Dir.: Julián Robles; Cast: Dolores Heredia, Krystian Ferrer, Luisa Huertas, Myra Batalia, Sabina Petriz, Fernando Alvarez, David Hevia; Mexico 2022, 100 min.
The debut feature of Mexican director/co-writer Julián Robles is, in the widest sense, a re-working of John Huston’s 1964 classic Night of the Iguana, based on the Tennessee Williams play of the same title. But where as Huston’s failed hero is a defrocked priest, lusting after a blonde nymphet, Robles’ equivalent is Gerardo (Ferrer), a gay man living in a household of women.
The film starts with a death – we learn later it was Gerardo’s father who was killed in his pick-up truck after a train him at an open crossing. The matriarch, grandmother Dona Dolores (Huertas) believes he was killed by the Narcos who wanted his land along the beach of the ocean where the family runs a struggling holiday camp. Gerardo is sure his father would have accepted the money from the drug lords – a scenario that seems contradictory to Dolores’ extreme suffering.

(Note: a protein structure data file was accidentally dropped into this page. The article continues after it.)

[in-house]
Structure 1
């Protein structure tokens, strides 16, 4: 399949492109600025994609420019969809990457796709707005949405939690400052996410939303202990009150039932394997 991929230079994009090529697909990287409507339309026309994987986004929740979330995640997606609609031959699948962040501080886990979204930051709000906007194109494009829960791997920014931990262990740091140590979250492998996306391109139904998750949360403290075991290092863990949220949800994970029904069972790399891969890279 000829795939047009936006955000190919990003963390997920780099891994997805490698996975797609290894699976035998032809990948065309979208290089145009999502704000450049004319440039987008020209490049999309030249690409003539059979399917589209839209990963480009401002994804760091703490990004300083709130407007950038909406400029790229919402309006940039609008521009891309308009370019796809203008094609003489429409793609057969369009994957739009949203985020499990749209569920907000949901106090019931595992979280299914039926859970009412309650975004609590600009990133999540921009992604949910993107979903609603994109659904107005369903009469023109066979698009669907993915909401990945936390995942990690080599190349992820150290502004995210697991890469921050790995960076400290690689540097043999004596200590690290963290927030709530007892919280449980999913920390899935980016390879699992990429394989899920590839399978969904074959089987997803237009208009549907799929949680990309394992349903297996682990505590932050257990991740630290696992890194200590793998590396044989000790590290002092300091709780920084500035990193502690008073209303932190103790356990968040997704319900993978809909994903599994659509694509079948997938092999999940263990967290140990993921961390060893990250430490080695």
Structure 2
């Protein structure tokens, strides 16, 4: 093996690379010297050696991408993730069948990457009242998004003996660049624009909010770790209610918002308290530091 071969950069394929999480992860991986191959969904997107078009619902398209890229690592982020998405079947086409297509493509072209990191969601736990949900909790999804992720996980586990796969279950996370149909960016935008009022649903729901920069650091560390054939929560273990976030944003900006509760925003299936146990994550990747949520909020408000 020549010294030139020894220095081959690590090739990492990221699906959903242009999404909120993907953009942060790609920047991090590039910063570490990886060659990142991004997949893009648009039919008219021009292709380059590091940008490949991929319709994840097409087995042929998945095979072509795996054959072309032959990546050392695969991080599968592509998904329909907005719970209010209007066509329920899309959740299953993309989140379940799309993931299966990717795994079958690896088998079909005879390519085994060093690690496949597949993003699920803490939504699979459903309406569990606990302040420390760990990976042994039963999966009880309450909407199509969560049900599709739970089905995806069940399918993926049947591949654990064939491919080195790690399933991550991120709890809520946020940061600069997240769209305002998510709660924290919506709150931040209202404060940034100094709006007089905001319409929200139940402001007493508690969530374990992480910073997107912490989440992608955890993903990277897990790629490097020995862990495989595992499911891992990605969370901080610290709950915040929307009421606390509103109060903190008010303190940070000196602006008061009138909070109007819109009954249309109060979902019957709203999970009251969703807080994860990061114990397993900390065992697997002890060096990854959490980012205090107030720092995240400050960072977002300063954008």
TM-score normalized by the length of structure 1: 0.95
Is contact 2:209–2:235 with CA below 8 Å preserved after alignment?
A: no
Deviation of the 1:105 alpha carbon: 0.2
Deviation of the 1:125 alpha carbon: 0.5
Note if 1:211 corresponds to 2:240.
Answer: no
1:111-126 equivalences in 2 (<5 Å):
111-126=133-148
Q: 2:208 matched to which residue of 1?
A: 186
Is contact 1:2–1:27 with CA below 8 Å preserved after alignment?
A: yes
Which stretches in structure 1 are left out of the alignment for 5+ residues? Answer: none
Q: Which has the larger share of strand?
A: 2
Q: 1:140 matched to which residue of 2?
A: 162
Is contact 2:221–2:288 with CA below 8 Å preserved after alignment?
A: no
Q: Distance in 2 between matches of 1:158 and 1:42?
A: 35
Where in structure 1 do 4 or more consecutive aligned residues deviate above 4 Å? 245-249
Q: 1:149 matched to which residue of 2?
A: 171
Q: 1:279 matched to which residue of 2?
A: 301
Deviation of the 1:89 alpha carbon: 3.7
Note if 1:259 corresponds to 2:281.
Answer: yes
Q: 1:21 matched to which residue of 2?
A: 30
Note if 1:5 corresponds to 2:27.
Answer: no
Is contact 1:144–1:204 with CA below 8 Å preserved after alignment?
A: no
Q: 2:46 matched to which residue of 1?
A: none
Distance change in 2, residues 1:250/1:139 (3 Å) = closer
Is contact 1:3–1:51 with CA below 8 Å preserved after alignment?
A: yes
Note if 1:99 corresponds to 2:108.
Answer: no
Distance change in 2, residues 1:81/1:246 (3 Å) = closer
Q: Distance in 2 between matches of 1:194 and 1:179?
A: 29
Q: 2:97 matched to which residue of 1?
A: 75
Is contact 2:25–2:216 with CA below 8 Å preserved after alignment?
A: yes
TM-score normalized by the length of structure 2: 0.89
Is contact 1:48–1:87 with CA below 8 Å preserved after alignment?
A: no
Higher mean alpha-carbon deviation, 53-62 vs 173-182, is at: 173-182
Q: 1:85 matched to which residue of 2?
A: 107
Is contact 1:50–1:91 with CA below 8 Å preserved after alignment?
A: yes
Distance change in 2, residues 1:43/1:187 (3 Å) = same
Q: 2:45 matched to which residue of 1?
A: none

But Gerado’s main concern is his mother Mercedes (Heredia), who constantly puts him down for his sexual orientation. We are – after all – in Mexico, a bastion of machismo and the Catholic church. But then, young Elia (Batalia), has already left the Church and joined a sect, making her even less worthy than Gerardo in Dona Dominga’s estimation. Elia’s current boyfriend Mario (Alvarez) lives in an artist colony with German ex-pat Ludwig (Hevia), and wants to leave with Gerardo, now divorced from his wife. The tension mounts, and the solar eclipse, highlight of the tourist season, brings out the best and worst in all concerned.
The family is full of odd-balls: there is Indira, named after the ex-premier of India, who, does the accounts in the middle of the night, but is up to her secret dealings away from the house. Dona Dominga tries to rule un-impeded, but there are too many secrets in her closet, and when she finally decides to sell, it is too late. But there is humour too: the train which killed Gerardo’s father, used to stop near the beach, “but now it doesn’t even stop when somebody is killed.”
Iguana is a visual treat and DoP Claudio Chea should get a mention for his subtle nighttime images and powerful impressionistic beach photography. And the ending is, for once, a real surprise. Iguana Like the Sun is full of smouldering passion, denial and longing. Like the Houston film, it is a chronicle of loss. AS
ANTALYA INTERNATIONAL FILM FESTIVAL | 1-09 OCTOBER 2022